• The Good: Reluctant sentient spaceship living in a world of shifting realities
  • The Bad: The mystery is too short and simple, and the stakes are low
  • The Literary: Sherlock / Watson pastiche

After it is discharged from military service, traumatized transport ship The Shadow’s Child makes a substandard living selling mind-altering tea that combats the weirdness and unreality of the FTL deep space drive. The Shadow’s Child is hired by detective Long Chau, an eccentric scholar in search of a corpse, and when they find it was murdered, The Shadow’s Child is pulled into Long Chau’s investigation.

The character relationship and mystery mirror those of Sherlock Holmes and Dr. Watson, with the transport ship trailing along the assertive, bold, often-drugged Long Chau, who correctly deduces The Shadow’s Child’s past trauma and proceeds to solve the crime. It’s all a bit of a pastiche.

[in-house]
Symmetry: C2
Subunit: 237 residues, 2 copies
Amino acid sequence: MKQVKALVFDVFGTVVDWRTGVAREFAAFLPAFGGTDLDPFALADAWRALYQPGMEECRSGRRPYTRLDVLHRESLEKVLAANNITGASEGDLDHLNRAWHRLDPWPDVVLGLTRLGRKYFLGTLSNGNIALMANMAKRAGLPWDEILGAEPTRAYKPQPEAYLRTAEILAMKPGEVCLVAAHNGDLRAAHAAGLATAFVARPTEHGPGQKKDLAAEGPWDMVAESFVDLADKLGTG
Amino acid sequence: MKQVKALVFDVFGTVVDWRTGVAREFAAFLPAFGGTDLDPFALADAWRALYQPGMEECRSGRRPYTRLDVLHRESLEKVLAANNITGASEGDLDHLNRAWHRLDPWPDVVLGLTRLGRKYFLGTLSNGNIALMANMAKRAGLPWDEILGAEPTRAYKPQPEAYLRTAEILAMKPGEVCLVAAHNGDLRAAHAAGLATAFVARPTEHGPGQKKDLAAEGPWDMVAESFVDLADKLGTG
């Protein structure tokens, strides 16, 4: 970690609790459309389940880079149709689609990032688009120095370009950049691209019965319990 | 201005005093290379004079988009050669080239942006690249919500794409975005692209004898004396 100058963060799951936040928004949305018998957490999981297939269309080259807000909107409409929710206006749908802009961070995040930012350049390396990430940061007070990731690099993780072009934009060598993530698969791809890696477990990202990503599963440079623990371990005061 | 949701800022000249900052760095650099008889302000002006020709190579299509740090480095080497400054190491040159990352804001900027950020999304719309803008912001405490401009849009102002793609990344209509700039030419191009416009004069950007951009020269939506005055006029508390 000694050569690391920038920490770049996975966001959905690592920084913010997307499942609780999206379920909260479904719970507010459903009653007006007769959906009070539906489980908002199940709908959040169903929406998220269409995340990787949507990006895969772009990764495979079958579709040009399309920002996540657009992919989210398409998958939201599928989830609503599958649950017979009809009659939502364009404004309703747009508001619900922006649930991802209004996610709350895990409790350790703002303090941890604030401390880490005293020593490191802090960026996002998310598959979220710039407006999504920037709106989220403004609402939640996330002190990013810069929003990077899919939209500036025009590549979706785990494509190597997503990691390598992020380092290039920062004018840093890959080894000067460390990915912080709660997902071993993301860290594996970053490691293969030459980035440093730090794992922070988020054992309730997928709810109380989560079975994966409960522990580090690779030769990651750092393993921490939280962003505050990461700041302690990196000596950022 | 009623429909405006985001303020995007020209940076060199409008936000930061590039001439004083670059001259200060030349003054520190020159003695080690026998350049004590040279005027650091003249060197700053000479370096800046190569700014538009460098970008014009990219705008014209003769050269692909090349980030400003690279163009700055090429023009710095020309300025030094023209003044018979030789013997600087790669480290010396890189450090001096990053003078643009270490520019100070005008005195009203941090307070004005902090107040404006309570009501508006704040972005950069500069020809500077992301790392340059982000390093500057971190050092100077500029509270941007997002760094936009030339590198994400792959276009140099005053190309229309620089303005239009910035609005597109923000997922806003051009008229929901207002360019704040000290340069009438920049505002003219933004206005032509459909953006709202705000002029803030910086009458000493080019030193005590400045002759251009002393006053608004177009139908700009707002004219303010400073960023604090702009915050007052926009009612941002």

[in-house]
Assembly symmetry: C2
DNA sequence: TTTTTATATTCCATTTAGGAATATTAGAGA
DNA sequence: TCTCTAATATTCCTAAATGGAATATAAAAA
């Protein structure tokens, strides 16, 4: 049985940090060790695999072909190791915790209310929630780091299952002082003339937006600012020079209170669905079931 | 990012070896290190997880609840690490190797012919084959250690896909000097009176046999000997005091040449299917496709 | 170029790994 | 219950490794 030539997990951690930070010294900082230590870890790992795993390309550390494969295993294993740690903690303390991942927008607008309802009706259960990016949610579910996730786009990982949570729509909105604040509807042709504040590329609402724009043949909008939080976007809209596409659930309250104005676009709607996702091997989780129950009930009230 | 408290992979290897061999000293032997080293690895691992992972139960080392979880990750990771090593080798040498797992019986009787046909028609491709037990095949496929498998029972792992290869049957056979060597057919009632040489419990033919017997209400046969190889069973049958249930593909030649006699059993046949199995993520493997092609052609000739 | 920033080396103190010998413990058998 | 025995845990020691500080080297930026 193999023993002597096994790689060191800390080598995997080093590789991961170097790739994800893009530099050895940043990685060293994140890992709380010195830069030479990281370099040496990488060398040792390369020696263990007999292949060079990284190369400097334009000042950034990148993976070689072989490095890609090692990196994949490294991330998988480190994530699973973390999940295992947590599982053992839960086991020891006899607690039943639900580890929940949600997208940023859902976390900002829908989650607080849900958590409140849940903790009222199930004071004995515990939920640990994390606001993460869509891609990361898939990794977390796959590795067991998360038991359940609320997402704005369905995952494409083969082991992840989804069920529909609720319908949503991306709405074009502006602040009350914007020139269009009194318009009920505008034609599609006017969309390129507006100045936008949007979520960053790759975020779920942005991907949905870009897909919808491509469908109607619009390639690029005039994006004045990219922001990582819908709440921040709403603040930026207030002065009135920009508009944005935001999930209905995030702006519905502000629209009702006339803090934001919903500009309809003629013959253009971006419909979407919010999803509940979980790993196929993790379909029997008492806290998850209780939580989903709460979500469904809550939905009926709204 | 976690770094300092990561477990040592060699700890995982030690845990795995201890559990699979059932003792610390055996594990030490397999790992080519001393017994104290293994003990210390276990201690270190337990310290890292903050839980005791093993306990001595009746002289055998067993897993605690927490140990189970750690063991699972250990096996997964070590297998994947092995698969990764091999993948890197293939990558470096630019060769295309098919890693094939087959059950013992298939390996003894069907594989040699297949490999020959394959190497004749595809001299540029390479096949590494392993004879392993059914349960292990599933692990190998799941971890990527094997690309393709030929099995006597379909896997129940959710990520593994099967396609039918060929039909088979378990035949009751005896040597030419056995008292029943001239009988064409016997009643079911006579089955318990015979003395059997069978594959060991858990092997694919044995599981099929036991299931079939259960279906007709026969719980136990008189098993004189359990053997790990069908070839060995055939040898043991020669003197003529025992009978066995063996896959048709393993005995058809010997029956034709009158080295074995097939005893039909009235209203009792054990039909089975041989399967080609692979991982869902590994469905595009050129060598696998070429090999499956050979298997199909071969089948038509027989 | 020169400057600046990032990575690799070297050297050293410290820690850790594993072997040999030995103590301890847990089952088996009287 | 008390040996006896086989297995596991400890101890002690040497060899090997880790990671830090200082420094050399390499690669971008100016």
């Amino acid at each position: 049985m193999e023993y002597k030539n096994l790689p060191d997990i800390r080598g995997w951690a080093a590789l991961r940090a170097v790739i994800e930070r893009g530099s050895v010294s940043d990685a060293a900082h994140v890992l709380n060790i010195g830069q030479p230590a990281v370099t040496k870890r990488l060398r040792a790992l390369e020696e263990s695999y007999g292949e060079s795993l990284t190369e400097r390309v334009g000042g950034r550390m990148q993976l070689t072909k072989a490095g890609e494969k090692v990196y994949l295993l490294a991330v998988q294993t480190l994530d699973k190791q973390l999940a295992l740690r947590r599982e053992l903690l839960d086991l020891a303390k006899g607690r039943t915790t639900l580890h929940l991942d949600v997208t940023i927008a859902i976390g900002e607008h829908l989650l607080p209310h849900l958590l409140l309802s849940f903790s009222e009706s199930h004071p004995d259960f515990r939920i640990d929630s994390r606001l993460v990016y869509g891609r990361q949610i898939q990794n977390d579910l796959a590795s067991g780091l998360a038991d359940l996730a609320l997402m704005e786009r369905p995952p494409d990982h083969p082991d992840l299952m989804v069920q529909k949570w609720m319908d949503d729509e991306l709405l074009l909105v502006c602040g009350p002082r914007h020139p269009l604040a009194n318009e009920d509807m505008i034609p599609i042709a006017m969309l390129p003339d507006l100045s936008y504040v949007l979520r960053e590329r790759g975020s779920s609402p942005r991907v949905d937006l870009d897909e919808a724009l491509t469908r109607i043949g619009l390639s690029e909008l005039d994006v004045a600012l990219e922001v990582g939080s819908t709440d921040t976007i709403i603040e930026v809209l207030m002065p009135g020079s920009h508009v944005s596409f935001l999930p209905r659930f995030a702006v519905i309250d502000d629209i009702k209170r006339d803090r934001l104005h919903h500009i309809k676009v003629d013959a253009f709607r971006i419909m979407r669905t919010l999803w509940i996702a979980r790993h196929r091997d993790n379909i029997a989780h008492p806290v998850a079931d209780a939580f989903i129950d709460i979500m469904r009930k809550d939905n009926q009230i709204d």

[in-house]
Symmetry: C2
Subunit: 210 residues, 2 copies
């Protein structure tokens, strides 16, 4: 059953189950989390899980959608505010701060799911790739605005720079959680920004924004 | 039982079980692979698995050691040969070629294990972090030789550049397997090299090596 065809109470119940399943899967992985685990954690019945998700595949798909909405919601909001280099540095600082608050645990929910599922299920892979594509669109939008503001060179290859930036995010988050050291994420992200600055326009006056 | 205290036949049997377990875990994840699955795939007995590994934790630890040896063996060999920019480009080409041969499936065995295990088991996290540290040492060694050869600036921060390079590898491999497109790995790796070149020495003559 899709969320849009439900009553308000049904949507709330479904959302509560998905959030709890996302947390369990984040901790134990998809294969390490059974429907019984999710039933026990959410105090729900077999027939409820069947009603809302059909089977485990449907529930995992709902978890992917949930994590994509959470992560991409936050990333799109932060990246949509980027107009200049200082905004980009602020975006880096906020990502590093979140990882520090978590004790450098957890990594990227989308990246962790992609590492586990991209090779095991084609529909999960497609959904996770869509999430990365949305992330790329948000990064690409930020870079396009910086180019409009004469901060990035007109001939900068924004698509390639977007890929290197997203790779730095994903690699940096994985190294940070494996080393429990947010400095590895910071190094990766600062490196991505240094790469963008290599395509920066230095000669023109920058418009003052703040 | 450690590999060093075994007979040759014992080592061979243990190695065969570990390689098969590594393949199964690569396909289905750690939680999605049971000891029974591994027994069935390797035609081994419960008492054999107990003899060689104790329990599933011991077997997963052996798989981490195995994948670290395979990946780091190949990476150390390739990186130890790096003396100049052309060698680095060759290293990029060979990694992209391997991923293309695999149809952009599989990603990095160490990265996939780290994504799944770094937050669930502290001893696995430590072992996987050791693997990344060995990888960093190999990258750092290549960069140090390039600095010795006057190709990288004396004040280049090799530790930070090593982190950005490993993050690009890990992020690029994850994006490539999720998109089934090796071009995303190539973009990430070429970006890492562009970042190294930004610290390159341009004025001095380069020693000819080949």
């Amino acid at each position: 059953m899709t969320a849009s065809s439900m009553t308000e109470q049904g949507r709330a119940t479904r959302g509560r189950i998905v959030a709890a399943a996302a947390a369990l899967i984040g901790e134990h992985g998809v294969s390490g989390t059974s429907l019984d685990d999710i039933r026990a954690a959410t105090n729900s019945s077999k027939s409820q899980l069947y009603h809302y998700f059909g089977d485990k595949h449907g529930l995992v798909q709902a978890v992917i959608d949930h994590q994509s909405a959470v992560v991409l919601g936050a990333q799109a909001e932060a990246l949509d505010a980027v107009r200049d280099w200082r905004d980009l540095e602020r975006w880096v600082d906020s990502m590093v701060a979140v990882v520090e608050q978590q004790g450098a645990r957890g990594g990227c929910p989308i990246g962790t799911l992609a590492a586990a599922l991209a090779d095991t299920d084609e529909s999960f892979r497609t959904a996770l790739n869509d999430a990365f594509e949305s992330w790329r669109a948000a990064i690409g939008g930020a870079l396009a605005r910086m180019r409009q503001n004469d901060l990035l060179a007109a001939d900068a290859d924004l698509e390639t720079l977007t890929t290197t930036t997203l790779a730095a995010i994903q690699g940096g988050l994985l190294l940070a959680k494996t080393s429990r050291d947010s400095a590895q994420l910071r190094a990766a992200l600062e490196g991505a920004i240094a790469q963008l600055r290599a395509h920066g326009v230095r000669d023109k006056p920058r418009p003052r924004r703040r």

The world-building is what really shines for me though, and it’s great to know there is so much more of it out there. In the future Vietnamese-influenced culture of Scattered Pearls Belt, humans and mindship avatars exist side-by-side in a world of overlapping physical and virtual realities aboard ring habitats. Of course, the existence of sentient spaceships makes for great story-telling opportunities, and I like that we get to know one with PTSD who brews special teas for a living. However, I never quite fell in love with the character of either protagonist.

The Shadow’s Child wanted to say no, but it would have been a lie. Long Chau was an expanding star, burning loud and bright, mesmerizing in her relentlessness, and ultimately one that would swallow you whole.